Bob Hicks (left) and Dan Williams (third from left) accept the new van from Daryl Gustafson and Noah Nicol of Regency Chrysler. Max Winkelman photo.

100 Mile House Food Bank gets reefer van

‘It’s gonna be a big boost for the food bank’

The 100 Mile House Food Bank is the recipient of a brand new reefer (refrigerated) cargo van.

The acquisition comes after a $78,000 grant from Food Banks BC, according to 100 Mile House Food Bank executive director Bob Hicks.

It’s great because they needed a new unit, says Hicks.

“We’ll have a reefer on it. We can pick up more perishables. We’ll go further. It’s gonna be a big boost for the food bank, especially having the reefer on it.”

The truck will also be a lot cheaper to run, says Hicks.

He said that the old truck was a godsend ever since Central donated it and that they will continue to use it.

Across B.C. about 100 food banks are part of Food Banks BC, according to Laura Lansink, executive director for Food Banks BC.

“One of the issues that we saw was that our food banks simply didn’t have the capacity to receive perishable foods. So that might be milk and dairy products or it might be frozen food, meat anything like that, which of course are very desirable products at a food bank; the type of products food banks like to give out. At the same time, we also saw that in B.C. about four billion dollars worth of fresh perishable food is wasted every single year. That just doesn’t make sense.”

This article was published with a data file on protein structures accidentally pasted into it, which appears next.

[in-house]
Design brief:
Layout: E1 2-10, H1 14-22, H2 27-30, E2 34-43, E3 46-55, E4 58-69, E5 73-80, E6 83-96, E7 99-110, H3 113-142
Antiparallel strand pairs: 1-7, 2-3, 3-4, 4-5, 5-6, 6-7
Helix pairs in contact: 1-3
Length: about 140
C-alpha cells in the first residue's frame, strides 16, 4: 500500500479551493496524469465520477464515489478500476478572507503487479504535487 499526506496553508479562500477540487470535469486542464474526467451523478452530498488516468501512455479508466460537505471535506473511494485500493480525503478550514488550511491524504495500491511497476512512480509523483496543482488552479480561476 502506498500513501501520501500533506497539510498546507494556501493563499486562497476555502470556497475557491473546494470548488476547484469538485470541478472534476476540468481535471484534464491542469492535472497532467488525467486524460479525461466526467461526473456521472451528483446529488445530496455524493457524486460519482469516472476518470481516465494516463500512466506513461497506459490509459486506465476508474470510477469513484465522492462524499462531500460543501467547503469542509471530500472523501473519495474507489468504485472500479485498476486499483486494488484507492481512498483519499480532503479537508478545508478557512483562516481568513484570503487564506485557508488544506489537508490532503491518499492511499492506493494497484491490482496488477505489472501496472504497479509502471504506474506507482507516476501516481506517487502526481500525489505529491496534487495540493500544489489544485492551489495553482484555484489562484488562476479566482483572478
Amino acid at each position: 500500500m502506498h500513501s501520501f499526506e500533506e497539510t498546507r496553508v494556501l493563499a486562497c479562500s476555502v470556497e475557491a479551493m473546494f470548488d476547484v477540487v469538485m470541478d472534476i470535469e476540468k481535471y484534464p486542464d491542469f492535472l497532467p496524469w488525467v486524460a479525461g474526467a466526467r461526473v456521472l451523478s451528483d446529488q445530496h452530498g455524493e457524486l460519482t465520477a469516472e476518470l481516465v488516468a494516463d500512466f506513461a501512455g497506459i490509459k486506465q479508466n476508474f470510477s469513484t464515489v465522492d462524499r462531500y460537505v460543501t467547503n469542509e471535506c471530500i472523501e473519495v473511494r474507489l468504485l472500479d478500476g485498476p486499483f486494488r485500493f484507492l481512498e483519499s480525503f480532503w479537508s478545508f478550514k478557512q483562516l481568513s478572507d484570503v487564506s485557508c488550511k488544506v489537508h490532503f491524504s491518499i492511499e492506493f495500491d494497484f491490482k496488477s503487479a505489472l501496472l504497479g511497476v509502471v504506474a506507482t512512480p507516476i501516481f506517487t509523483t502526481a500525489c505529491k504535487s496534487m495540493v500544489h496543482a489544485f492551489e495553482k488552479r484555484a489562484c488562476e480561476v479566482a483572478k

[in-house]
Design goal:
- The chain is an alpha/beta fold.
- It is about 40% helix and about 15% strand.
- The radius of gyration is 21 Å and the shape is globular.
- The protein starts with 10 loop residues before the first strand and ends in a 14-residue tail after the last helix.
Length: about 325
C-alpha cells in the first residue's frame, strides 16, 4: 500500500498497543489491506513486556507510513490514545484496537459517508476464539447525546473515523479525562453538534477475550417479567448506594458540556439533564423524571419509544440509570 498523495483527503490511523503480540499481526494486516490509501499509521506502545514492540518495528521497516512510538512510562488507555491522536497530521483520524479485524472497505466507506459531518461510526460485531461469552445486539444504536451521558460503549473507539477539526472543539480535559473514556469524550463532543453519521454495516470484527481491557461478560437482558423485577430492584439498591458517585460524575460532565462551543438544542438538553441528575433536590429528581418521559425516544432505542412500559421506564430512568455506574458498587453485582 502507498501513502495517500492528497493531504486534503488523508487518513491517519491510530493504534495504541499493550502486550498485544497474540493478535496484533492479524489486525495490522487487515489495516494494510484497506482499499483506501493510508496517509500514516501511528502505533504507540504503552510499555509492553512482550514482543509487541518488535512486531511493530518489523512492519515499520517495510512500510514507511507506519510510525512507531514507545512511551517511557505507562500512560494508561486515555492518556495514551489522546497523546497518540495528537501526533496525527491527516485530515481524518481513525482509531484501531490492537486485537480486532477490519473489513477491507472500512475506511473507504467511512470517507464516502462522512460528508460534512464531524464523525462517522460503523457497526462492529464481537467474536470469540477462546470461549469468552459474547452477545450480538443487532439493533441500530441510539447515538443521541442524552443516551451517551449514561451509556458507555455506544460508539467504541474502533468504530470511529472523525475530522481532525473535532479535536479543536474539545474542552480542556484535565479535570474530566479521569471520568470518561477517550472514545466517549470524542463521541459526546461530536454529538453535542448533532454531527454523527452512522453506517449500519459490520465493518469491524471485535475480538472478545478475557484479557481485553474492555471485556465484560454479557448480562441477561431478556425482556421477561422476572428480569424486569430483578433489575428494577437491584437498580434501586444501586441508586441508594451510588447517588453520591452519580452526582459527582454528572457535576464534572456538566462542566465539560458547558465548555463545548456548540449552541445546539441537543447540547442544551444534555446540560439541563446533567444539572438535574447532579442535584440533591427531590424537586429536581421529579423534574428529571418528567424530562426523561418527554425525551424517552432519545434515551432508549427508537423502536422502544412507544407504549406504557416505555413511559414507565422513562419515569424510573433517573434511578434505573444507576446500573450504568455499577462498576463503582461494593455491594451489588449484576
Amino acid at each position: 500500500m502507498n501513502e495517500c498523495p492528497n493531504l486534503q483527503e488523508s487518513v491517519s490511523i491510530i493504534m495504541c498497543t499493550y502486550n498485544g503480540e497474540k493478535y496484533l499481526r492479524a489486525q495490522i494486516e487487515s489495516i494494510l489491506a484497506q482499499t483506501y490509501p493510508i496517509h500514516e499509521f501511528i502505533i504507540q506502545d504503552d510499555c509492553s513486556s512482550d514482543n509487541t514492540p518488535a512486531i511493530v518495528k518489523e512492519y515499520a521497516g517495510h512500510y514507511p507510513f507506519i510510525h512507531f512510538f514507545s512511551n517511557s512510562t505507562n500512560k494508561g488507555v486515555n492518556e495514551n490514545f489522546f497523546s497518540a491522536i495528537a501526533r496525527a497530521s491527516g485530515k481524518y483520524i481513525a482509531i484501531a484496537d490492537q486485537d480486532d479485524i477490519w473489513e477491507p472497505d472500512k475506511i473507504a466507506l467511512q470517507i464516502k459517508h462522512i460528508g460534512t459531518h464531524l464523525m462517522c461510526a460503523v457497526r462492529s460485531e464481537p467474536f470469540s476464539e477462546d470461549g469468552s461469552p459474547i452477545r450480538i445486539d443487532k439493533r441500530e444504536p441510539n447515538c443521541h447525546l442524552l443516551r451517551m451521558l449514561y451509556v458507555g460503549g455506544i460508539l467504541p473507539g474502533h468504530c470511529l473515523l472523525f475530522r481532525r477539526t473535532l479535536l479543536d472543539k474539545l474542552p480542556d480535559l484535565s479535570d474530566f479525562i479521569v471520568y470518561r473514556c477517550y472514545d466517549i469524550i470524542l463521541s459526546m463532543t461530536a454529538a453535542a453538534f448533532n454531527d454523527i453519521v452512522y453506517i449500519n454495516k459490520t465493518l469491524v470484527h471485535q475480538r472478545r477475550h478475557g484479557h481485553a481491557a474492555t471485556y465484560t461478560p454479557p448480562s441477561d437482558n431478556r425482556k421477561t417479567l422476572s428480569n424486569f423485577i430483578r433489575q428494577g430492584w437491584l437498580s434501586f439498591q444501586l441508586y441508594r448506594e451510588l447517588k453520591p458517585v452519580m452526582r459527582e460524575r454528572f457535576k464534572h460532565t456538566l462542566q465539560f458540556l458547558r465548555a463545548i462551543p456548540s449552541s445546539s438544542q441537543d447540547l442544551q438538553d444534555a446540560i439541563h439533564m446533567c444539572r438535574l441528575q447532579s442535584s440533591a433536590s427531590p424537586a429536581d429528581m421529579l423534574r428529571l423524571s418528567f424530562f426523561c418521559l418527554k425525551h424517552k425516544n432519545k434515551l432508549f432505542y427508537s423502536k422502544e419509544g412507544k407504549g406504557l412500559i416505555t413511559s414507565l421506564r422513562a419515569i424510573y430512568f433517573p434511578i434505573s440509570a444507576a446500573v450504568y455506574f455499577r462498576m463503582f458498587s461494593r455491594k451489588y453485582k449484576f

They wanted to make sure that food banks had the capacity to receive some of that surplus food, says Lansink.

“We approached the provincial government, at that time, and we built our case and requested $10 million dollars which we received from the provincial government. With those funds, we have been able to build the capacity throughout the province of our food banks which has now resulted in instead of those viable nutritious foods going into a landfill or being plowed back into a farmers field, our food banks are now able to receive them. It is a win win win because people now have fresh delicious foods, we’re not having food wasted in the landfill. So each of our food banks looked at their operations and decided ‘how can we start to accommodate more of these foods?’ And 100 Mile House did that and we were delighted to be able to give them, with these funds, their van.”

100 Mile House Food Bank office manager Jennifer Tanner says it’s a very welcome addition.

“I’m very excited about this new truck,” says Tanner. “We can talk to other local stores if they do not already have a program in place then we can arrange an agreement with them if they are interested in doing so. Then we’d be able to, just for an example, go to the 108 Supermarket in our reefer truck and safely pick up the produce and bring it back here.”

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